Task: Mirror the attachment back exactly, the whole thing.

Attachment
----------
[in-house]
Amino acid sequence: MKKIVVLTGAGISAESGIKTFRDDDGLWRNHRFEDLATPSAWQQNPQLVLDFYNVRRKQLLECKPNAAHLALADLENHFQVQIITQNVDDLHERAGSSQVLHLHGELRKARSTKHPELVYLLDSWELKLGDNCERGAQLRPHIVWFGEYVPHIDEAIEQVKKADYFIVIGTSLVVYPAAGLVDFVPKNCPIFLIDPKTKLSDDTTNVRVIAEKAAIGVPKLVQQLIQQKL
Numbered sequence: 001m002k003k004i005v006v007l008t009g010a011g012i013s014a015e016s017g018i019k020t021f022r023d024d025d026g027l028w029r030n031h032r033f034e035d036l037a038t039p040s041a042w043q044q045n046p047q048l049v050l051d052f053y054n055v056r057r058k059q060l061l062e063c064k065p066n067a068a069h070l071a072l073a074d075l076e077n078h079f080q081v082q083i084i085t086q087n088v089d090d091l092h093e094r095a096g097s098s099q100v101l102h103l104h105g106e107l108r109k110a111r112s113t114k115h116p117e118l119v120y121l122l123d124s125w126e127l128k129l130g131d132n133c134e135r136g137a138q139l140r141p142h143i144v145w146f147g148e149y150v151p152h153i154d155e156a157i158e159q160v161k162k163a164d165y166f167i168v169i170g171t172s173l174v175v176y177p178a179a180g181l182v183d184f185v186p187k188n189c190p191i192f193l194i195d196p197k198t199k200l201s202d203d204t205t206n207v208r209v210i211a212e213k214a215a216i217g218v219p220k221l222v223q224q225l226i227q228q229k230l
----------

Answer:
[in-house]
Amino acid sequence: MKKIVVLTGAGISAESGIKTFRDDDGLWRNHRFEDLATPSAWQQNPQLVLDFYNVRRKQLLECKPNAAHLALADLENHFQVQIITQNVDDLHERAGSSQVLHLHGELRKARSTKHPELVYLLDSWELKLGDNCERGAQLRPHIVWFGEYVPHIDEAIEQVKKADYFIVIGTSLVVYPAAGLVDFVPKNCPIFLIDPKTKLSDDTTNVRVIAEKAAIGVPKLVQQLIQQKL
Numbered sequence: 001m002k003k004i005v006v007l008t009g010a011g012i013s014a015e016s017g018i019k020t021f022r023d024d025d026g027l028w029r030n031h032r033f034e035d036l037a038t039p040s041a042w043q044q045n046p047q048l049v050l051d052f053y054n055v056r057r058k059q060l061l062e063c064k065p066n067a068a069h070l071a072l073a074d075l076e077n078h079f080q081v082q083i084i085t086q087n088v089d090d091l092h093e094r095a096g097s098s099q100v101l102h103l104h105g106e107l108r109k110a111r112s113t114k115h116p117e118l119v120y121l122l123d124s125w126e127l128k129l130g131d132n133c134e135r136g137a138q139l140r141p142h143i144v145w146f147g148e149y150v151p152h153i154d155e156a157i158e159q160v161k162k163a164d165y166f167i168v169i170g171t172s173l174v175v176y177p178a179a180g181l182v183d184f185v186p187k188n189c190p191i192f193l194i195d196p197k198t199k200l201s202d203d204t205t206n207v208r209v210i211a212e213k214a215a216i217g218v219p220k221l222v223q224q225l226i227q228q229k230l